Andersson K, Ohlsson T (1999): Life Cycle Assessment of Bread Produced on Different Scales. Int J LCA 4(1) 25–40Google Scholar
  2. [2]
    Andersson K (2000): LCA of Food Products and Production Systems. Int J LCA 5(4) 239–248Google Scholar
  3. [3]
    Jungbluth N, Tietje O; Scholz RW (2000): Food Purchases: Impacts from the Consumers’ Point of View Investigated with a Modular LCA. Int J LCA 5(3) 134–142Google Scholar
  4. [4]
    Høgaas Eide M (2002): Life Cycle Assessment (LCA) of Industrial Milk Production. Int J LCA 7(2) 115–126Google Scholar
  5. [5]
    Ziegler F, Nilsson P, Mattsson B, Walther Y (2003): Life Cycle Assessment of Frozen Cod Fillets Including Fishery-Specific Environmental Impacts. Int J LCA 8(1) 39–47Google Scholar
  6. [6]
    Ramjeawon T (2004): Life Cycle Assessment of Cane-Sugar on the Island of Mauritius. Int J LCA 9(4) 254–260Google Scholar
  7. [7]
    Brauwelt: Hans Carl Publishing, Andernacherstrasse 33 A, 90411 Nuernberg, GermanyGoogle Scholar
  8. [8]
    Brewers Guardian: Advantage Publishing, Lyttel Hall, Coopers Hill Road, Nutfield, Redhill, RH1 4 HY, UKGoogle Scholar
  9. [9]
    Technical Quarterly Master Brewers Associations: 3340 Pilot Knob Road, St. Paul, Minnesota 55121-2097 (USA)Google Scholar
  10. [10]
    Birra e Malto: AITB, Via Trento 79, 32034 Pedavena, ItalyGoogle Scholar
  11. [11]
    Talve S (2001): Life Cycle Assessment of a Basic Lager Beer. Int J LCA 6(5) 293–298Google Scholar
  12. [12]
    Koroneos C, Roumbas G, Gabari Z, Papagiannidou E, Moussiopulos N (2005): Life cycle assessment of beer production in Greece, Journal of Cleaner Production 13, 433–439CrossRefGoogle Scholar
  13. [13]
    Takamoto Y, Mitani Y, Takashio M, Itoi K, Muroyama K (2004): Life Cycle Inventory Analysis of a Beer Production Process. MBAA TQ, Vol 41, No 4, 363–365Google Scholar
  14. [14]
    Bare JC, Hofstetter P, Pennington DW, Udo de Haes HA (2000): Midpoints versus Endpoints: The Sacrifices and Benefits. Int J LCA 5(6) 319–326CrossRefGoogle Scholar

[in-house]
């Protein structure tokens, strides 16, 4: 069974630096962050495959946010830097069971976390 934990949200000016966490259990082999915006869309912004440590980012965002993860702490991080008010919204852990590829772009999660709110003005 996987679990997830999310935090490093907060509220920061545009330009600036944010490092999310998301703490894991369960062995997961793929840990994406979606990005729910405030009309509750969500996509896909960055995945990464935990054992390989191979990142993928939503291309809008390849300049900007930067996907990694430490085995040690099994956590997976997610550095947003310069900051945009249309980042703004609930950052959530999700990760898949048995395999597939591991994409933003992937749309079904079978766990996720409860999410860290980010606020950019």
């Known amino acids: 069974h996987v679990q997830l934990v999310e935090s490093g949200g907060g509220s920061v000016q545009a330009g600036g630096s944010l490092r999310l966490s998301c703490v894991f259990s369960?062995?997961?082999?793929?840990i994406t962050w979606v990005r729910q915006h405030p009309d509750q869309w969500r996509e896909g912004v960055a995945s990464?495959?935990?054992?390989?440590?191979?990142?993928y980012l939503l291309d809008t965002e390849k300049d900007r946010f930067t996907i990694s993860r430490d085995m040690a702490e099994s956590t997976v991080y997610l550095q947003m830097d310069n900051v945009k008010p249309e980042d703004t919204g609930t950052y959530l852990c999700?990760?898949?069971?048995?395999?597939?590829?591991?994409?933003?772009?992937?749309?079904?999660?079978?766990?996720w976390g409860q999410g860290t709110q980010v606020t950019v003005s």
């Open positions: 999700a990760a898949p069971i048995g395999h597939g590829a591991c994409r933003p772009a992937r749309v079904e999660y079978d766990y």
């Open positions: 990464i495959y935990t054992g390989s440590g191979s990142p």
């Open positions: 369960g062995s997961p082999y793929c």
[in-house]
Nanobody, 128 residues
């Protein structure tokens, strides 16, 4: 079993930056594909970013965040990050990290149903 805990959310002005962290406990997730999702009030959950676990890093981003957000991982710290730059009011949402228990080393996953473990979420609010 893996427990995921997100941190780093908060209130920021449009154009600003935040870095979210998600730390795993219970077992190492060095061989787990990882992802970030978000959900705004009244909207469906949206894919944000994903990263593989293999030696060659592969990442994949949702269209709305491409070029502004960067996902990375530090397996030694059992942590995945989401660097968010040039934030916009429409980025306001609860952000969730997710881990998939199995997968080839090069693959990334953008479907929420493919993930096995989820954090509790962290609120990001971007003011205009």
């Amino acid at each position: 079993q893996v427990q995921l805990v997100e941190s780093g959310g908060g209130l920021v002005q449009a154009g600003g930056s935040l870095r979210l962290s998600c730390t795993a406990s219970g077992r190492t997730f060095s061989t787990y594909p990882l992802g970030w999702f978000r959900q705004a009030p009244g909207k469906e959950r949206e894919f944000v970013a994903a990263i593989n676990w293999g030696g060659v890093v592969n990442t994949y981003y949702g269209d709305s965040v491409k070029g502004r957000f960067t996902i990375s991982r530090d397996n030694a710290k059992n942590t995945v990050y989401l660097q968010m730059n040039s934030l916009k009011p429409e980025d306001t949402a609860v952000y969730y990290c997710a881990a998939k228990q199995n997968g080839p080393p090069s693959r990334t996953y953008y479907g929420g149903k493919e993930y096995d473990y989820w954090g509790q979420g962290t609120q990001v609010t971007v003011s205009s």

15. [15]
    Pre (2001): The Eco-Indicator 99, A damage oriented method for Life Cycle Impact Assessment — Methodology Report 〈http://www.pre.nl
  16. [16]
    Lewis MJ, Young TW (1998): Brewing, Chapman & Hall SpringerGoogle Scholar
  17. [17]
    Narziss L (1976): Die Technologie der Malzbereitung, 6th ed, Enke StoccardaGoogle Scholar
  18. [18]
    Brewing Techniques. 〈http://www.brewingtechniques.com
  19. [19]
    Ecoinvent 〈http://www.ecoinvent.ch
  20. [20]
    ETH-ESU 96 〈http://www.pre.nl
  21. [21]
  22. [22]
    Frischknecht R (2002): Land occupation and land transformation in life cycle inventories. SETAC Europe Annual Meeting, May 13, 2002Google Scholar
  23. [23]
    Pre (2004): SimaPro6 — Introduction to LCA 〈http://www.pre.nl
  24. [24]
    Thompson M, Ellis R, Widavsky A (1990): Cultural Theory, Westview Print BoulderGoogle Scholar

Copyright information

© Springer-Verlag 2008

Authors and Affiliations

  • Mauro Cordella
    • 1
  • Alessandro Tugnoli
    • 1
  • Gigliola Spadoni
    • 1
  • Francesco Santarelli
    • 1
  • Tullio Zangrando
    • 2
  1. 1.Department of Chemical, Mining and Environmental Engineering (DICMA)University of BolognaBolognaItaly
  2. 2.Hausbrandt 1892 S.p.A. Birra TheresianerNervesa della Battaglia (TV)Italy

Personalised recommendations